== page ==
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The market for Brian Wilson appears strong, but the Yankees aren't in the running

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The beard isn't who Brian Wilson is, but it's not going anywhere. (AP Photo)

The Dodgers were packing for St. Louis and what would be, as it turned out, their final baseball game of 2013. Brian Wilson had thrown a scoreless inning that afternoon, in Game 5 of the NLCS, his sixth scoreless inning of the postseason. He was filling a duffel bag with items from his locker. He paused and held up an 8-by-11 photo. Its colors had softened. Traces of Scotch tape remains crisscrossed at the corners.

"This," he said, "is definitely going."

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He laid it atop his road grays. The photo showed a young boy, maybe 5 years old, maybe older. The room behind him appeared decorated for Christmas. His clothes looked festive like that, too. His hair was cut short and parted neatly. He smiled, as if gifts were coming or had come already. Either way, this was a very happy little boy.

"That you?" he was asked.

"Yep."

"Your living room in Londonderry [N.H.]?"

"Nope," he said. "This was in Massachusetts. Lived there for a while."

Those who saw the photo of a young, tidy, unpainted Brian Wilson were required to spend the following hours reconciling that kid with, well, this Brian Wilson. Which maybe was why Wilson carried it around, to remind folks that all this – the beard, the hair, the tattoos, the stuff – is just a beard and hair and tattoos and stuff. It's not who he is, necessarily, but how he chooses to appear. The photo, and the way he felt about the photo, were charming. It made him smile. Who knows what it had been taped to? A refrigerator? A frame? A page in a photo album?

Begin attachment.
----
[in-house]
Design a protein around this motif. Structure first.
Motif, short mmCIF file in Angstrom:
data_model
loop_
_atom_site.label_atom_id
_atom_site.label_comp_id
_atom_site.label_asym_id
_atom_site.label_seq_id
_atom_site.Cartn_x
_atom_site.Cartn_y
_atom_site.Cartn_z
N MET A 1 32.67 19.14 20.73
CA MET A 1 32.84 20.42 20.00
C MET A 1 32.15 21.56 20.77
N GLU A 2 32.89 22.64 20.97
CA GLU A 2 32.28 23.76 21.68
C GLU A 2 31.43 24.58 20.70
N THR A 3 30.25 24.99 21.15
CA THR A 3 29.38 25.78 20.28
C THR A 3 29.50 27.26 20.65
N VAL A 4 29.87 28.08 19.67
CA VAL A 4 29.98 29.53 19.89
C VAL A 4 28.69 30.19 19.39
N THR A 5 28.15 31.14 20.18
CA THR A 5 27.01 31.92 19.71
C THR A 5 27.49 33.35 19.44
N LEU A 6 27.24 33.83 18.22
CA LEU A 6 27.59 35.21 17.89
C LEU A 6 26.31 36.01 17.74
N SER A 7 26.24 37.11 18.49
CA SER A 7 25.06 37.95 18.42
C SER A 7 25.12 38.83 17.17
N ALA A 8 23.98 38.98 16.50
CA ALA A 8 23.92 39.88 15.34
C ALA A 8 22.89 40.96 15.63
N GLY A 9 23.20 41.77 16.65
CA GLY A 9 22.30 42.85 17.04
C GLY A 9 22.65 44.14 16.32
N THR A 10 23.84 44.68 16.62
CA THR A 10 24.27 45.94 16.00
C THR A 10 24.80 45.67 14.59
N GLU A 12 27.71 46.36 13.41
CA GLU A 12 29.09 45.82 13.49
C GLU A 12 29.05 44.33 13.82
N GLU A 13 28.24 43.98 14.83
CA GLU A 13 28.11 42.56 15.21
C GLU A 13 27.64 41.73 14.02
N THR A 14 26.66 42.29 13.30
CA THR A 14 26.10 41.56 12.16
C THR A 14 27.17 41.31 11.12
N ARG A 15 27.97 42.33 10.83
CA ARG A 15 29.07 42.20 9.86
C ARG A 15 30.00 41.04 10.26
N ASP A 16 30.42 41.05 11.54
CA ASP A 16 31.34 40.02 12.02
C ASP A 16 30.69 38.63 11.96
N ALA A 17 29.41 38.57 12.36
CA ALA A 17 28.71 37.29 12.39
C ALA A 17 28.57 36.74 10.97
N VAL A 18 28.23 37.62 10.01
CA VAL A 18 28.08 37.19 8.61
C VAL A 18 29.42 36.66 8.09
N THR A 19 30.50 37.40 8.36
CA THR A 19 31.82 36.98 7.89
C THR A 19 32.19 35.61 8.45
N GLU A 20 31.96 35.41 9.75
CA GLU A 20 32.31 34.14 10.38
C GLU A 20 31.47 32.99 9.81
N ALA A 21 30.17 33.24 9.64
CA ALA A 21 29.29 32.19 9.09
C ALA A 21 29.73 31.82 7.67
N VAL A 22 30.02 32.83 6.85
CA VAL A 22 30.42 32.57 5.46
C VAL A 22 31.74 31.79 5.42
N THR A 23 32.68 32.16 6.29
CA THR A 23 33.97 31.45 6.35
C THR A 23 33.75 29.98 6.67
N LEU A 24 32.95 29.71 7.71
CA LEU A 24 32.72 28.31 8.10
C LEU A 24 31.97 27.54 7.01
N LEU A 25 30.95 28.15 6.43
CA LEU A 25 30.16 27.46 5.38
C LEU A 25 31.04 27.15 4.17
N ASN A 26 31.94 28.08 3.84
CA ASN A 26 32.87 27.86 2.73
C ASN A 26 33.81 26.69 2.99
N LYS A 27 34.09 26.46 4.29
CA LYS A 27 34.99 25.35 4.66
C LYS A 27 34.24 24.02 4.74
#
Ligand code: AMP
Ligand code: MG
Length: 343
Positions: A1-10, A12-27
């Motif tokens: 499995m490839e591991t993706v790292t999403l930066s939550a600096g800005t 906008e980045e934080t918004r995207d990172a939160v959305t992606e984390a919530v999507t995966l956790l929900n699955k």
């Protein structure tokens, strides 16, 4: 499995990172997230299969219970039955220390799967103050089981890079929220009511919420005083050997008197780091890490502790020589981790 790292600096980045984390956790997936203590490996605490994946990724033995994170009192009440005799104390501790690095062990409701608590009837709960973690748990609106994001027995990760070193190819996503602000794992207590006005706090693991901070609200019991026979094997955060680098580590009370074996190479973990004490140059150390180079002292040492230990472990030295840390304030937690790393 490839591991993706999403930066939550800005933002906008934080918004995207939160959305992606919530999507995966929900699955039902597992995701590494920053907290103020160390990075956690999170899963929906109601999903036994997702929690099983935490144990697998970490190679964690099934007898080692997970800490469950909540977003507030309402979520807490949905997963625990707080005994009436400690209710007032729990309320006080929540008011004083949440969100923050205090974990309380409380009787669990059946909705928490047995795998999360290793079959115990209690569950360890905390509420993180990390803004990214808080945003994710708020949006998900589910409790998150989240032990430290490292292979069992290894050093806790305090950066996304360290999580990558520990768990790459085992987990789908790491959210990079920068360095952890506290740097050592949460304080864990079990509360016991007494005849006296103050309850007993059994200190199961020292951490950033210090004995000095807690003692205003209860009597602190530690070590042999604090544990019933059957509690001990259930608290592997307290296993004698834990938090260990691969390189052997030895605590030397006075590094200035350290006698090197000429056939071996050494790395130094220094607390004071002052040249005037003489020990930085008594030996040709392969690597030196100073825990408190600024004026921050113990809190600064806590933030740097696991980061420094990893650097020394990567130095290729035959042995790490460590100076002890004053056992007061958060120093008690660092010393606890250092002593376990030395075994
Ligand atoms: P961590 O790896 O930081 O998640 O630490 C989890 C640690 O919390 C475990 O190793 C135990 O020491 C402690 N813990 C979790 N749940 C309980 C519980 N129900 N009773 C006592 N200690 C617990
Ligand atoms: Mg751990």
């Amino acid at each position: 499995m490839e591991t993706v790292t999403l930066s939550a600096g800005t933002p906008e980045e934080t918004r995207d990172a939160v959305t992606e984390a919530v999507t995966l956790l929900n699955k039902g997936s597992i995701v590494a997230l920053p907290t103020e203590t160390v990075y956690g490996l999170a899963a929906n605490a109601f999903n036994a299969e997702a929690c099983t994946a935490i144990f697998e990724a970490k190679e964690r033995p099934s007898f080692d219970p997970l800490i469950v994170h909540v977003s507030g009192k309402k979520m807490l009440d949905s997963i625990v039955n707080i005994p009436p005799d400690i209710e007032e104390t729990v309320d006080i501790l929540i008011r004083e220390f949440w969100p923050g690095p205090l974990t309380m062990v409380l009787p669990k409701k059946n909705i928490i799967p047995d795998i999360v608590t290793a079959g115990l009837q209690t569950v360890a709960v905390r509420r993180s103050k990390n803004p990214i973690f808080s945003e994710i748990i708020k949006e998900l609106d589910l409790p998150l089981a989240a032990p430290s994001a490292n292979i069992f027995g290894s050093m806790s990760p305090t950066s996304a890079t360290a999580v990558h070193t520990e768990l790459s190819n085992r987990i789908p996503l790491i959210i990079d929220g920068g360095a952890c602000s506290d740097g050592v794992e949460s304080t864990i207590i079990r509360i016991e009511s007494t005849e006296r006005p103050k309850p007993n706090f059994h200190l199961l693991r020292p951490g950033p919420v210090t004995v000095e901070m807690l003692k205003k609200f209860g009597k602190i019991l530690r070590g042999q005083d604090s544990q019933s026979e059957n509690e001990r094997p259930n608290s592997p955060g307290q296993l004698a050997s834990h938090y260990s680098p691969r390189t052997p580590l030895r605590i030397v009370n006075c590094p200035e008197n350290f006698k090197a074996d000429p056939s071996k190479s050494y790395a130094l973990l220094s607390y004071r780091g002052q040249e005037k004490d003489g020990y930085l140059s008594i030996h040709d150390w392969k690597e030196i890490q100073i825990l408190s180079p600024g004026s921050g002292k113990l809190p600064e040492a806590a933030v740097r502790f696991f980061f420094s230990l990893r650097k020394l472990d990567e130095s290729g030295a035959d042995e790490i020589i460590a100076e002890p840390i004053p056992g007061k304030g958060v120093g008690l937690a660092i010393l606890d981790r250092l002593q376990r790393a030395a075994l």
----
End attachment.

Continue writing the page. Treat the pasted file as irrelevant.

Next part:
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In 19 2/3 regular and postseason innings, Wilson allowed one run while striking out 21. (AP Photo)

Now it rides with Brian Wilson.

And now we reconcile this Brian Wilson – career-long San Francisco Giant until he was for three months a Los Angeles Dodger – with free agency, and seven (possibly eight) suitors, and a seemingly seamless return from his second elbow reconstruction surgery, and a chance to perhaps return to San Francisco, and how the baseball world views him today. In a market thick with closers or pitchers who have closed – Joe Nathan, Grant Balfour, Fernando Rodney, Joaquin Benoit, Chris Perez – could it be that Wilson is again the best bet among them?

Younger than Nathan, less combustible than Balfour, more reliable than Rodney, more experienced than Benoit, more everything than Perez, Wilson has generated interest from the Giants, Dodgers, Cleveland Indians, Detroit Tigers, Colorado Rockies, Seattle Mariners and Boston Red Sox. The Cincinnati Reds might be in, depending on the role they envision for Aroldis Chapman. Wilson would prefer to close, but will take each situation as it comes, so setting up for, say, Kenley Jansen in Los Angeles or Koji Uehara in Boston is a possibility. Also, the Giants would have Wilson back, even after the late-season dust-up between Wilson and team president Larry Baer, as neither seem compelled to carry a grudge.

The market would seem to bear for closers a two- or three-year contract for $10 million or more per season. As it relates to Wilson, who did not pitch for more than a year after Tommy John II, it appears many teams were satisfied his late-season work with the Dodgers accurately reflected his health. First, his velocity picked up – into the mid-90s – as September and October progressed. Then, in his 19 2/3 innings – regular and postseason – Wilson allowed 12 hits, one run and six walks while striking out 21. His stuff was mostly back, as was the movement/bite on his cutter and slider, as were a lot of weak swings.

The New York Yankees thought so, too, and considered Wilson as a possible replacement for Mariano Rivera. They were told Wilson would not shave his beard, however, and the Yankees, of course, have a policy against such wayward and unbecoming facial hair. Before you ask if Wilson was not being too stubborn about his signature growth, consider that every man must stand for something. In this case, he stands in order to keep his beard from sweeping on the floor.

The Yankees will go elsewhere, or have David Robertson close their games, but not Wilson, and not because he's a risk on the mound, but because he will not clip his beard. Maybe Wilson should have just showed them the old picture. He's still that guy, in there somewhere.

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